Blossoming with Blogging

When you think of teacher leadership, many things pop into mind. A mentor, someone in leadership roles on committees, someone with many years of experience– all of which are true. However, throughout this semester, I’ve quickly learned that it is much more, and is much more simply. Through blogging I have watched myself and my classmates transform into teacher leaders, and it’s all stemmed from our blogging platform. Teacher leaders identify issues in the classroom and systematically implement strategies to resolve these issues. These issues involve everything from academic to social to behavioral  instances we see need attention.

All of us have identified something writing related in our classroom that we wanted to focus on. For myself, I chose making writing more meaningful, and I have worked on this by using multigenre writing. In a typical graduate course setting, I would have likely implemented this strategy and then typed up and turned in a few papers regarding my implementation, how the students received it, and likely my analysis of the whole thing. I would’ve gotten the instructors feedback and chosen whether or not to take the advice to heart, and that would likely be the end of it. However, blogging about the implementation of our strategies has opened up a whole new array of leadership possibilities. Blogging has allowed all of us to be teacher leaders by sharing our experiences with others. We are all implementing strategies different from one another. By writing about this process on a public platform, we have been able to share ideas, spark conversation, and have an influence on others beyond our own classrooms.

Sharing feedback with one another has allowed us to demonstrate leadership qualities by supporting our fellow educators all while supporting growth in our students, school, and district. We have a comprehensive collection of writing strategies that range from pre-K to high school, that likely could benefit any student with slight modification, and we have done so by sharing with honesty and humility. We have shared our successes and our shortcomings, both of which are important leadership qualities. Blogging has allowed us to seek and share feedback with each other and to have an inside view of the incredible things we have done with students through these short few months.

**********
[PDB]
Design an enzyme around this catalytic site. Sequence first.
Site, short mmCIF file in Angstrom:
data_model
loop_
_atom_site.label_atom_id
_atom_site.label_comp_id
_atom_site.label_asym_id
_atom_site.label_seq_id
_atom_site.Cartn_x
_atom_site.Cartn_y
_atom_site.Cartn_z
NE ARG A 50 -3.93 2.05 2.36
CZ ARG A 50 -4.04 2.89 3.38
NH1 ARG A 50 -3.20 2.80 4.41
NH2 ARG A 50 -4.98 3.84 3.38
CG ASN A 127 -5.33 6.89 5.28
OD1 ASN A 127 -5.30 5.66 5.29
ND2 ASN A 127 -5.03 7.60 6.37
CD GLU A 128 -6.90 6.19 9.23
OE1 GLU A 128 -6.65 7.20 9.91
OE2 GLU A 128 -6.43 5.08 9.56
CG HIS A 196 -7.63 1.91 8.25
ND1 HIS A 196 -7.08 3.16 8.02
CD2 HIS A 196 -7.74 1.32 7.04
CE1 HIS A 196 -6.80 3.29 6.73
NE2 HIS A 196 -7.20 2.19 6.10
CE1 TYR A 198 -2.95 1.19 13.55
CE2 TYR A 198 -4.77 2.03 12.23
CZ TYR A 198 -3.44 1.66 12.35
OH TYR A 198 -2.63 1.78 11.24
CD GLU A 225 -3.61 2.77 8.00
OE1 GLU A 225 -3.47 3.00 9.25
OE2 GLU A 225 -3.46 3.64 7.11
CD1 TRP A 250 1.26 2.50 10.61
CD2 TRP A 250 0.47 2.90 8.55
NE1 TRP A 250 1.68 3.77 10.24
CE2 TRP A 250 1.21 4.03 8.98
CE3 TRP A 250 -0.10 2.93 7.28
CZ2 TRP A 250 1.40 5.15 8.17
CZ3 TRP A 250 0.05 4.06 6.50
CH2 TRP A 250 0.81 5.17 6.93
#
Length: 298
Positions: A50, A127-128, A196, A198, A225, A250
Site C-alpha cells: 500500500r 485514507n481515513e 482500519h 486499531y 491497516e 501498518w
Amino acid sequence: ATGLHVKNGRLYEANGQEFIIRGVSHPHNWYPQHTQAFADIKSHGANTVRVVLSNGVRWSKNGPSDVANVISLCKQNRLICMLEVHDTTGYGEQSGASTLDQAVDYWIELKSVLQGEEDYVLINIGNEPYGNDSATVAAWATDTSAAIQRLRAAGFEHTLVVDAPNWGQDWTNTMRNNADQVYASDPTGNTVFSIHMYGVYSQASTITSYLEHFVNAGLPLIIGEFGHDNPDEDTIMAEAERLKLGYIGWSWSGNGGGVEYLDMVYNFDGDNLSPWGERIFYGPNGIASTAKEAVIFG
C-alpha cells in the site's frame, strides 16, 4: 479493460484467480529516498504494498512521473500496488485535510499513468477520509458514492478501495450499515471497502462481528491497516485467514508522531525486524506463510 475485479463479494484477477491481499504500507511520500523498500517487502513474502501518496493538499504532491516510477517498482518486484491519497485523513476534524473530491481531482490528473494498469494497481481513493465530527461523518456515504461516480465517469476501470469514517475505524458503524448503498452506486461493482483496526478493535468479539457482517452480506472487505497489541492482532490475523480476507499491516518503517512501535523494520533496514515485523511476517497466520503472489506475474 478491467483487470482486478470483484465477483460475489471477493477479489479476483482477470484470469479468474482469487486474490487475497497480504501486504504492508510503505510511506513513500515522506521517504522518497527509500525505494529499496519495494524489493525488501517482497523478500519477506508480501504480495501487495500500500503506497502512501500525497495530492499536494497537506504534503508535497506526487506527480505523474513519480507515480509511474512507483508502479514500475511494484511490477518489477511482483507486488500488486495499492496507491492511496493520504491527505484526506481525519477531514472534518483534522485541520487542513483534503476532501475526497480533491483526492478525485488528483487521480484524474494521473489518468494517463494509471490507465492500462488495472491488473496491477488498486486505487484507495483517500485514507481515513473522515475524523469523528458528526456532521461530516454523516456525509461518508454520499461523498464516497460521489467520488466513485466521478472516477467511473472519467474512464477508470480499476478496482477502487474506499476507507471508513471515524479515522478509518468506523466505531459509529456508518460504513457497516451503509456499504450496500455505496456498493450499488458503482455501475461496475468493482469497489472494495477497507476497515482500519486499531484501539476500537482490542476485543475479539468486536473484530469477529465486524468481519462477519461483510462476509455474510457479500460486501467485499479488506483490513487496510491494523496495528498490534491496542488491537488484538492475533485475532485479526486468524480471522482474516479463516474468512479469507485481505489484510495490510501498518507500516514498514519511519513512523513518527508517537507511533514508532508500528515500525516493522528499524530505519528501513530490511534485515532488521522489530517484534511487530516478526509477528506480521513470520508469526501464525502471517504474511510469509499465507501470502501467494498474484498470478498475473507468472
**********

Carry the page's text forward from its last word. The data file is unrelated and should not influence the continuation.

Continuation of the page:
Blogging has allowed each of us to blossom further as teacher leaders by learning to share and support one another. It has allowed us to lead efforts to improve the writing in our schools and to share with one another and the general public our methodical approaches to engage our students in becoming the best writers they can possibly be.

Email — A Teacher’s Best Friend

This week I gave my kiddos a break from writing. It was actually a bit unintentional but between life, and delays/schedule changes, and well, there ya go. Between said delays, and missing days myself, I feel like I’ve barely seen my kids this week, but that of course does not mean I have thought about them any less. When writing my reflection of a student’s piece of writing, I feel like I got this whole new sense of pride about the awesome things my students are doing with writing this semester. I’ve wrote several times about how impressed I am with their ability to pick up this strategy I’ve thrown at them, and have completely blown the roof off my expectations. As teachers, we all, unfortunately know how it goes with students: we seem to be in constant contact when there are behavior/grade issues, but tend to let the others slip by. While I am sure the parents of these students know how awesome their kid is, I wanted to take the opportunity to write a few emails and show them the work their kids are doing.